For the first time, officially, gamers in China will be able to get their hands on games like GTAV and Call of Duty: Ghosts after the country lifted its 13-year ban on foreign video games.
In a move which is sure to delight millions of avid gamers in the one-party state, China’s government has been struggling to stem the sale and ownership of foreign video games.
In what has been seen as the gradual erosion of China’s strict media laws, the Shanghai government has proclaimed (will need translation software) that at a future but near date, people in China will be able to purchase and own video games that were produced outside China.
However, the government has emphasised this will be an experimental measure to gauge people’s reaction and, from their point of view, the effect it will have on what it has considered a worrying foreign cultural influence on the Chinese people. Therefore, all video games, like all media, will have to be given the green light by the Chinese authorities before it can be released.
One game that certainly won’t be hitting the shelves of Chinese electronic stores is the popular EA title Battlefield 4, which was banned in December for what the government believed portrayed a considerably unfavourable image of China as home to war-mongering people.
Thriving black-market trade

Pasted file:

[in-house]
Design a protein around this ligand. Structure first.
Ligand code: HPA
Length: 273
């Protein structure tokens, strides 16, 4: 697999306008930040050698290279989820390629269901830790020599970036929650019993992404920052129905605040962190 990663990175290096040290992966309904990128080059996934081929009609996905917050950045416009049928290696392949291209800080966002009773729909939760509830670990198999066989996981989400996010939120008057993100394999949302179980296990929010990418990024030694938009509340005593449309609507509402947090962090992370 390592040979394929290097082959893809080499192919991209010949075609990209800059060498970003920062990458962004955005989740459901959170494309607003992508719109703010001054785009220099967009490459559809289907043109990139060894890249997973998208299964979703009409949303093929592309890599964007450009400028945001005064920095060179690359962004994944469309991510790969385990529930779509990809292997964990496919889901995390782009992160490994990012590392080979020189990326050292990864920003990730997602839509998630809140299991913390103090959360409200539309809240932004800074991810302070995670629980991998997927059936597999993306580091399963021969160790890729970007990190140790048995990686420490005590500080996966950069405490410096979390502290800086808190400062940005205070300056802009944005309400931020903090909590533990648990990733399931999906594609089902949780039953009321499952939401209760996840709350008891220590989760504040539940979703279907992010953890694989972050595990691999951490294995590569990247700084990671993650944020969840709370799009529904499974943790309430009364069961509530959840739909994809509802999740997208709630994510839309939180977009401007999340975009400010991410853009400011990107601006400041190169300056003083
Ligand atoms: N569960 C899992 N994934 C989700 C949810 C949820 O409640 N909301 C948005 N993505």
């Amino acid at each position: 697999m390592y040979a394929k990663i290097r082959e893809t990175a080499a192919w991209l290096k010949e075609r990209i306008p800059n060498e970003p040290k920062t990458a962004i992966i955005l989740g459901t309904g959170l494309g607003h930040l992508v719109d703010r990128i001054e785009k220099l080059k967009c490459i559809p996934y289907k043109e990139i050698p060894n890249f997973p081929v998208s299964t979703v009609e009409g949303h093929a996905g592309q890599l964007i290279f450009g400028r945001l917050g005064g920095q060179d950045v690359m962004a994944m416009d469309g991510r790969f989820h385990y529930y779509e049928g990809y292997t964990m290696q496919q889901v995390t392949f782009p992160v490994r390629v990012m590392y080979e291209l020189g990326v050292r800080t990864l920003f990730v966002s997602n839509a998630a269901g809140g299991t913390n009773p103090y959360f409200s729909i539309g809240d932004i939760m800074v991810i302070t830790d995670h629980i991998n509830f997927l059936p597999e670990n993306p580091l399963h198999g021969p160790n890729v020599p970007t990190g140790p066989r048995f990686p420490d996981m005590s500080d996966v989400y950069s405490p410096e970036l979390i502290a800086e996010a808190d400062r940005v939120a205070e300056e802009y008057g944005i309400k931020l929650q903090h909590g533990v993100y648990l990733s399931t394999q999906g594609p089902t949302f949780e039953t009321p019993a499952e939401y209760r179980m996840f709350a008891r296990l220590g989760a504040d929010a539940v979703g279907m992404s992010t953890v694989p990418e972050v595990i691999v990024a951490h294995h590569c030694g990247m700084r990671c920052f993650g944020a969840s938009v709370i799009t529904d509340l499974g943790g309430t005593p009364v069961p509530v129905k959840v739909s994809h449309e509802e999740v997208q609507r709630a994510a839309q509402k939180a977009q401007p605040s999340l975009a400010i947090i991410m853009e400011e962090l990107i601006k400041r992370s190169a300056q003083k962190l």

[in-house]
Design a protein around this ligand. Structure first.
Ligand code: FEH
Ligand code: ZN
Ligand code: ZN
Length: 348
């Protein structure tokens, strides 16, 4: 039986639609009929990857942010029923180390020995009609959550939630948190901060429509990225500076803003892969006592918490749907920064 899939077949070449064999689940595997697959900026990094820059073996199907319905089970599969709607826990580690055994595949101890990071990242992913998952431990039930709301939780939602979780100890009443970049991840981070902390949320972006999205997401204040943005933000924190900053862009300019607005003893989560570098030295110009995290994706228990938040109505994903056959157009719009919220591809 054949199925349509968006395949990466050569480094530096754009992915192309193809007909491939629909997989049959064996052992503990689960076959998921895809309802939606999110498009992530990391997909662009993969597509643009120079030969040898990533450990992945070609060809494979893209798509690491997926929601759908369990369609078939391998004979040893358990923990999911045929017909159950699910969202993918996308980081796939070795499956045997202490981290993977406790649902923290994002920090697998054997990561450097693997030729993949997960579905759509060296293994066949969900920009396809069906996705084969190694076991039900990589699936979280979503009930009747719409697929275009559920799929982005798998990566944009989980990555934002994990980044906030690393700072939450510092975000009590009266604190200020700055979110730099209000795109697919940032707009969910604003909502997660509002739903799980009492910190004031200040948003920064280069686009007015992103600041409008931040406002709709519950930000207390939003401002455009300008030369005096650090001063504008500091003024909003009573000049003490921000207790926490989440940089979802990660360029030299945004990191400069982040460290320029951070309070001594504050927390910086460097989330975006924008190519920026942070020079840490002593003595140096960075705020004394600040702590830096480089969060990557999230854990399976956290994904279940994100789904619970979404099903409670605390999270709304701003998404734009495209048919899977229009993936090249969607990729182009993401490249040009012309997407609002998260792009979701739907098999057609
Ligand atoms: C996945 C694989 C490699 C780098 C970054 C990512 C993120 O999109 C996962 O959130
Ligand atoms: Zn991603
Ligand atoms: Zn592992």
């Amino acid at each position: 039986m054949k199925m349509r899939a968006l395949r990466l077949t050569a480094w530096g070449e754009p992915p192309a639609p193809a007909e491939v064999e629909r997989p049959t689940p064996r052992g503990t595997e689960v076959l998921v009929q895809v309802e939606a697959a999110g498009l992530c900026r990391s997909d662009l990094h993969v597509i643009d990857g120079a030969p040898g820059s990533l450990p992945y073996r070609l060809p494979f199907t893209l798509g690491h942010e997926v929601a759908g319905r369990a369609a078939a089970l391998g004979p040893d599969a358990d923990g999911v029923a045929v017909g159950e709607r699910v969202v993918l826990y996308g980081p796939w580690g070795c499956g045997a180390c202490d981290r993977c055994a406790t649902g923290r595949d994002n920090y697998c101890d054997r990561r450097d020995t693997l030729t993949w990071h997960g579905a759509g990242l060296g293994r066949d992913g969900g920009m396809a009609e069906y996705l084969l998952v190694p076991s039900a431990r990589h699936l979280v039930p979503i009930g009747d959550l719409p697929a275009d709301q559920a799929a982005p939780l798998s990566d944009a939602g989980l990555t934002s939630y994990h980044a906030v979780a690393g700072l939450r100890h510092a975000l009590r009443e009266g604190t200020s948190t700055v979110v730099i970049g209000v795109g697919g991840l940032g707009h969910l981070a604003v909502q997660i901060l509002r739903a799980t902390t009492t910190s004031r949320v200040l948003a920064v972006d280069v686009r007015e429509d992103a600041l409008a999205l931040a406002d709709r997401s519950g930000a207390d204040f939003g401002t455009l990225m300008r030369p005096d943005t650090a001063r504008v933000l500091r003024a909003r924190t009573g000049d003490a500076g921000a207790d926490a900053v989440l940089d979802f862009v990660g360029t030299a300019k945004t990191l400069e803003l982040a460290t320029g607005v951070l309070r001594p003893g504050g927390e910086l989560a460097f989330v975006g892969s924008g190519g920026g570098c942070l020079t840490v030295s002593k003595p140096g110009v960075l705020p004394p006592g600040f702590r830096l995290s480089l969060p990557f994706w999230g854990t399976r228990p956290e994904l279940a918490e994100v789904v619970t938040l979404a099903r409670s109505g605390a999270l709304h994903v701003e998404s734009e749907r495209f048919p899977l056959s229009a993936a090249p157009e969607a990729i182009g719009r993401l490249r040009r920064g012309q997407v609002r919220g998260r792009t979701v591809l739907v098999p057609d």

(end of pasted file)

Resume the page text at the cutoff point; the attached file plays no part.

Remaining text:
One argument for the removal or loosening of restrictions is the Chinese authorities are struggling to cope with a thriving black-market trade in video games. In many Chinese households, teenagers own a black-market console that has been ‘chipped’ to play bootlegged versions of the latest games, often costing less than US$1 per game.
The same problem exists in other media, like DVDs, where bootleggers have gone to bizarre lengths to somehow differentiate their DVDs from the official version, often with hilarious consequences.
It is yet to be seen how long the ban will be uplifted but it is expected to be a part of China’s continuing experimentation in opening up its economy gradually to a free-market globalised model.
The home-grown gaming industry is understandably huge in a nation of nearly 1.4bn tech-loving people. At the Game Developers Conference China last December, data released showed that the industry generated nearly US$10bn of revenue alone in the nation’s economy.